Monday, October 15, 2007
Monday, September 24, 2007
Her pencil poised, she's ready to create,
Then listens to her mind's perverse debate
On whether what she does serves any use;
And that is all she needs for an excuse
To spend all afternoon and half the night
Enjoying poems other people write.
Tuesday, September 11, 2007
Who made the world?
Who made the swan, and the black bear?
Who made the grasshopper?
This grasshopper, I mean—
the one who has flung herself out of the grass,
the one who is eating sugar out of my hand,
who is moving her jaws back and forth instead of up and down—
who is gazing around with her enormous and complicated eyes.
Now she lifts her pale forearms and thoroughly washes her face.
Now she snaps her wings open, and floats away.
I don't know exactly what a prayer is.
I do know how to pay attention, how to fall down
into the grass, how to kneel down in the grass,
how to be idle and blessed, how to stroll through the fields,
which is what I have been doing all day.
Tell me, what else should I have done?
Doesn't everything die at last, and too soon?
Tell me, what is it you plan to do
with your one wild and precious life?
("The Summer Day" by Mary Oliver, from House of Light. © Beacon Press, 1992.)
Sunday, September 2, 2007
Monday, July 16, 2007
and Queen Anne's lace
along the road,
dew already drying
on this hot July day.
play in the weeds
along the tracks,
stems of Queen Anne's lace
and chickory above their heads.
calls of robin and redbird,
streak of goldfinch--
we start our day together
as I walk down the road.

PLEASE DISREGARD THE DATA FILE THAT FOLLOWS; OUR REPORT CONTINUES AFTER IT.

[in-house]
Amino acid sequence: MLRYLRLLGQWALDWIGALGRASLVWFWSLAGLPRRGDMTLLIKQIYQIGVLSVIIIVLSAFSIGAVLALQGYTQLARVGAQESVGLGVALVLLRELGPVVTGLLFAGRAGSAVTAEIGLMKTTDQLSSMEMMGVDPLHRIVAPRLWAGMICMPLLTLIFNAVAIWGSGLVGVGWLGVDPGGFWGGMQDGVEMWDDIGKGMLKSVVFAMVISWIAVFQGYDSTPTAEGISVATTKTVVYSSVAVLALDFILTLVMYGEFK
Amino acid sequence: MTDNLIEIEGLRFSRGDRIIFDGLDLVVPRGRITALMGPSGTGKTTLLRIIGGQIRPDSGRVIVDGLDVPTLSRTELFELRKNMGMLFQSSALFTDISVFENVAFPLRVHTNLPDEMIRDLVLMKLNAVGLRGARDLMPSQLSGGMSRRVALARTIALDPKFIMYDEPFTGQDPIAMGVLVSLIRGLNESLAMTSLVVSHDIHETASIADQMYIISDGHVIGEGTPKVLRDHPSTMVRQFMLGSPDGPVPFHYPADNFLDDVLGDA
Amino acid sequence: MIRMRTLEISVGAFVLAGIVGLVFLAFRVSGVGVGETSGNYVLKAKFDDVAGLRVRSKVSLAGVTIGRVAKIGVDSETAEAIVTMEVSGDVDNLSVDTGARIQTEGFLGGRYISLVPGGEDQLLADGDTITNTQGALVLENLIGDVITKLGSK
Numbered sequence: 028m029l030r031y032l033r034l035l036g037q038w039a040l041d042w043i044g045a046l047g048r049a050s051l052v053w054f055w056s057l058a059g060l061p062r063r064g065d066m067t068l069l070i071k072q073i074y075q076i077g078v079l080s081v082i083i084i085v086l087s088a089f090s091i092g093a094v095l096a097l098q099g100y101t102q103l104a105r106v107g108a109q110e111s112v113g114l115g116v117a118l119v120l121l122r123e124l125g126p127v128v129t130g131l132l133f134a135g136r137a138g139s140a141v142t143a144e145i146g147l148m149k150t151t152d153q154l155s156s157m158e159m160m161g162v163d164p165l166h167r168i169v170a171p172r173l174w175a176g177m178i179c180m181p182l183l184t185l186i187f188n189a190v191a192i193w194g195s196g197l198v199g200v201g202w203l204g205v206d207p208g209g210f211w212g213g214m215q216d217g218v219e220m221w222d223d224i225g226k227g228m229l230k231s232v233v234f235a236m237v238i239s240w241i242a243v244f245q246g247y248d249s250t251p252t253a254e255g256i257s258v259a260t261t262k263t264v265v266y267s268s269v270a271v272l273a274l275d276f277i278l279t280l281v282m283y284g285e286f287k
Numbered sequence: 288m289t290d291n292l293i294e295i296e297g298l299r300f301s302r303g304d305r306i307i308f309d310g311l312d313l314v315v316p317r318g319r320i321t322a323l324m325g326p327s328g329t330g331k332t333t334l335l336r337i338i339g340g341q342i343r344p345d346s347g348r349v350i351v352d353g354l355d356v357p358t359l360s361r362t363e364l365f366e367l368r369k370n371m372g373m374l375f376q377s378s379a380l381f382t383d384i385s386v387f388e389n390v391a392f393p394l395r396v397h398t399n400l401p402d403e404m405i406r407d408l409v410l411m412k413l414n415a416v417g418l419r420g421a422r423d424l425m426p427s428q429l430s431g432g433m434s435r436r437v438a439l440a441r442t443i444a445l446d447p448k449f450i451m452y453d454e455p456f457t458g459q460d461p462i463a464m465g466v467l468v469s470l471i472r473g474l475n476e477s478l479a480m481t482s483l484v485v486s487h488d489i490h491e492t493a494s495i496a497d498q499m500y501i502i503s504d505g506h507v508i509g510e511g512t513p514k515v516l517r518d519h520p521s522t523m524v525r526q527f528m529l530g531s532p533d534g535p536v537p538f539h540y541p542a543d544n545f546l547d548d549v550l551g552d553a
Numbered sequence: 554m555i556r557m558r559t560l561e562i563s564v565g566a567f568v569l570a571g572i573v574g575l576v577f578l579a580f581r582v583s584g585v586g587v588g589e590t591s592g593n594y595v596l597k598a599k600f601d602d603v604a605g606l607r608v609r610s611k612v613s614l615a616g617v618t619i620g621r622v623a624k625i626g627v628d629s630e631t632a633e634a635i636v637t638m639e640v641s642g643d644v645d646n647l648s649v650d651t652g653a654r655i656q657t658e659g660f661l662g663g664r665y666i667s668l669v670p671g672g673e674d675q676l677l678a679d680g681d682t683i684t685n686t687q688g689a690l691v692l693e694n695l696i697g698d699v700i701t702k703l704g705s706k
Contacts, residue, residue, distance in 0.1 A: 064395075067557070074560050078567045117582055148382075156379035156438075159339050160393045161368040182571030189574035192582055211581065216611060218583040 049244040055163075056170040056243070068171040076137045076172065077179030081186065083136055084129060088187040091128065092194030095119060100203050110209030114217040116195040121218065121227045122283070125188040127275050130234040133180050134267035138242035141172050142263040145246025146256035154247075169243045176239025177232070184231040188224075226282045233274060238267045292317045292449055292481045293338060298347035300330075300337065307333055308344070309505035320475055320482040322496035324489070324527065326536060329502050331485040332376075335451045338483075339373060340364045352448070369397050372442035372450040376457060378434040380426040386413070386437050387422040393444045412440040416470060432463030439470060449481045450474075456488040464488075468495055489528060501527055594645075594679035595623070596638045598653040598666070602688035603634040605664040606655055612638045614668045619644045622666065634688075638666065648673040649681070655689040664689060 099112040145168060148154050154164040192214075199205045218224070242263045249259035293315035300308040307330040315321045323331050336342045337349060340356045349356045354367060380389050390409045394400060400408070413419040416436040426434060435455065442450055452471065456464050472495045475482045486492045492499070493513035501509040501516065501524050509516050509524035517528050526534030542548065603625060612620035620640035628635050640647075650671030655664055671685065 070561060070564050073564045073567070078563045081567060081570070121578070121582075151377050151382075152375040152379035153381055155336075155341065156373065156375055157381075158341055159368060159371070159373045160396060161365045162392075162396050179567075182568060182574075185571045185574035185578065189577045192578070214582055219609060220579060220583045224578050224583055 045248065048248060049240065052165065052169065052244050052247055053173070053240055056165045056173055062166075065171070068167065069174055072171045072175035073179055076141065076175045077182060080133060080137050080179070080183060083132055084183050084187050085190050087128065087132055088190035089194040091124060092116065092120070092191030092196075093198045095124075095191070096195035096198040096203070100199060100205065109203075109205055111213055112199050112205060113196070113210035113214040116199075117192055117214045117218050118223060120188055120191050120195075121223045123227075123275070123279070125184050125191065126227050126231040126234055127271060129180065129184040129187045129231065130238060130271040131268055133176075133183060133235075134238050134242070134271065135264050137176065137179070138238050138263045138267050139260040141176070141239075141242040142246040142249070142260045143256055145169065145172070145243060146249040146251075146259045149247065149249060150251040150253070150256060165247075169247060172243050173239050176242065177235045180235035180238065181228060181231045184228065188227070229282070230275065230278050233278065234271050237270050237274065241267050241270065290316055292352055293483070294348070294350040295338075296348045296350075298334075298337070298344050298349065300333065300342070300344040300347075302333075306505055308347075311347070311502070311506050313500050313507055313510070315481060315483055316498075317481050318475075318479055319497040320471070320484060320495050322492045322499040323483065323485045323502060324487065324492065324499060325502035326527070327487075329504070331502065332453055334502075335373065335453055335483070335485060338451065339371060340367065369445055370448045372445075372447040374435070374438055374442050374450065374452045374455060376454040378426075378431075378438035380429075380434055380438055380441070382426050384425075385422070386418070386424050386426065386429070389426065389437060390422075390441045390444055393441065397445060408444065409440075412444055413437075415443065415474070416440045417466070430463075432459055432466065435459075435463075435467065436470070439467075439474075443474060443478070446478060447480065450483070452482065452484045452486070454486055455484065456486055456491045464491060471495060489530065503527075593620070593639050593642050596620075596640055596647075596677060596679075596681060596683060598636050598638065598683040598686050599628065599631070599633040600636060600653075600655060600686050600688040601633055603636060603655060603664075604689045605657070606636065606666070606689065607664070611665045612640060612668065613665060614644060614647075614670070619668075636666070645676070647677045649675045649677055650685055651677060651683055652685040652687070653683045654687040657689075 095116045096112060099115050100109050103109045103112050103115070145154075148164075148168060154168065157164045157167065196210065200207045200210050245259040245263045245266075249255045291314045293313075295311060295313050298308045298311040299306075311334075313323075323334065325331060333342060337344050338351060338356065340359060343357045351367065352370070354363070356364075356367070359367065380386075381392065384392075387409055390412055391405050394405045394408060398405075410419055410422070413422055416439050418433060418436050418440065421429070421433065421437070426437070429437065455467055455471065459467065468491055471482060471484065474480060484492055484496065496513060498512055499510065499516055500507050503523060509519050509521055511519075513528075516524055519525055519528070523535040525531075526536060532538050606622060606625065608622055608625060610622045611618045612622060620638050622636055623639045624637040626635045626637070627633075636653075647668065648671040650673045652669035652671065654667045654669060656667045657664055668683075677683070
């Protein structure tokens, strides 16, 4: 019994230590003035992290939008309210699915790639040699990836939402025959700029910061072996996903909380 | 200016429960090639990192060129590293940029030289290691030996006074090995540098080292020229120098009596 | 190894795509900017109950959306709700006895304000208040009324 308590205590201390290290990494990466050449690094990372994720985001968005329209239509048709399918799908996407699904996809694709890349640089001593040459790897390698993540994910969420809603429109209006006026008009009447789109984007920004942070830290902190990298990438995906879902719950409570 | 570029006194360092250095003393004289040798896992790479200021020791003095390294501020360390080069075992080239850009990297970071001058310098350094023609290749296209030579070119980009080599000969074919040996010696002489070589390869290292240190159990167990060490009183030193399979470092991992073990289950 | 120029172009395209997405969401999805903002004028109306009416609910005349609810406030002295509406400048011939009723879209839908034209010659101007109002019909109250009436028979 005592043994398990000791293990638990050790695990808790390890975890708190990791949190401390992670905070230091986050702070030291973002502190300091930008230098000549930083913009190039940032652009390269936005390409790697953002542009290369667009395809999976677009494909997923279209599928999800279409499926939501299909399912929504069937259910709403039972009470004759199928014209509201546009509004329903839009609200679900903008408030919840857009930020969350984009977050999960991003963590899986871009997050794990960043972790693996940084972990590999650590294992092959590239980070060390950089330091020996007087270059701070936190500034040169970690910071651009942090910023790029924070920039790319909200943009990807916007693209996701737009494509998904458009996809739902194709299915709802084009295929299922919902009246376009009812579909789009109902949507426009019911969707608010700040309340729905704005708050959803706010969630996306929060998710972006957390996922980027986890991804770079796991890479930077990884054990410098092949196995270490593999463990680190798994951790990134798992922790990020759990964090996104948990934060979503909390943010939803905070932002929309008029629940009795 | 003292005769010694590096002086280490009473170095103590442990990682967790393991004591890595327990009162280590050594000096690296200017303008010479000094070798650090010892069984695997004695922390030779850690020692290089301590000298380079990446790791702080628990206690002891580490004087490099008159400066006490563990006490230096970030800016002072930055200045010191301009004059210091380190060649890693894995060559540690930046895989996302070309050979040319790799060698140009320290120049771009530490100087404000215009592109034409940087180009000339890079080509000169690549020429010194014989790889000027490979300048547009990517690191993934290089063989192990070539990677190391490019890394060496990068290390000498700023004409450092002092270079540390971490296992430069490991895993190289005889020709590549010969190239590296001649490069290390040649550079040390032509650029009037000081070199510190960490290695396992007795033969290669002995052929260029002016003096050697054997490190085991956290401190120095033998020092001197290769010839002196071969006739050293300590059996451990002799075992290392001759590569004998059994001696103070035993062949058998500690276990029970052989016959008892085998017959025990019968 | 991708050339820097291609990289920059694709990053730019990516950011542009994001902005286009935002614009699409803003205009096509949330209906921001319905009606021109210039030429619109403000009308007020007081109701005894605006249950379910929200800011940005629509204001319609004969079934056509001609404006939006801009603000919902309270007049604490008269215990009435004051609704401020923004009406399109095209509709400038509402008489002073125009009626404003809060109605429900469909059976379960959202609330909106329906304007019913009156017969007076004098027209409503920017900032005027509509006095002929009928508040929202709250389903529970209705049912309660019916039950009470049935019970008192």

Filling my nose,
the morning already hot,
scent of petunias
masking the smell of death
from a creature in the ditch.
Thursday, May 24, 2007
At the window
frozen with birdlust -
the old tomcat.
scratched on desert cliffs,
sneaker prints below.
First light -
wood duck on the pond
gone mad with flapping.
Sudden rain -
stuck in the car
Through the trees
sun casting fish shadows
on the creek bottom.
whatsoever things are true,
whatsoever things are honest,
whatsoever things are just,
whatsoever things are pure,
whatsoever things are lovely,
whatsoever things are of good report;
if there be any virtue,
and if there be any praise,
think on these things.
Wednesday, May 2, 2007
Some beetle trilling
its midnight utterance.
Voice of the scarabee,
working survivor ...
I recall how each year
returning from voyages, flights
over sundown snowpeaks,
cities crouched over darkening lakes,
hamlets of wood and smoke,
-----the same blind face upturned to the light
-----the one song,
-----the same weed managing
-----its brood of minute stars
-----in the cracked flagstone.
To the Reader
As you read, a white bear leisurely
pees, dyeing the snow
and as you read, many gods
lie among lianas: eyes of obsidian
are watching the generations of leaves,
and as you read
the sea is turning its dark pages,
its dark pages.
Tuesday, April 24, 2007
I glanced at her and took my glasses
off--they were still singing. They buzzed
like a locust on the coffee table and then
ceased. Her voice belled forth, and the
sunlight bent. I felt the ceiling arch, and
knew that nails up there took a new grip
on whatever they touched. "I am your own
way of looking at things," she said. "When
you allow me to live with you, every
glance at the world around you will be
a sort of salvation." And I took her hand.
The Peace of Wild Things
When despair for the world grows in me
and I wake in the night at the least sound
in fear of what my life and my children's lives may be,
I go and lie down where the wood drake
rests in his beauty on the water, and the great heron feeds.
I come into the peace of wild things
who do not tax their lives with forethought
of grief. I come into the presence of still water.
And I feel above me the day-blind stars
waiting with their light. For a time
I rest in the grace of the world, and am free.
— Wendell Berry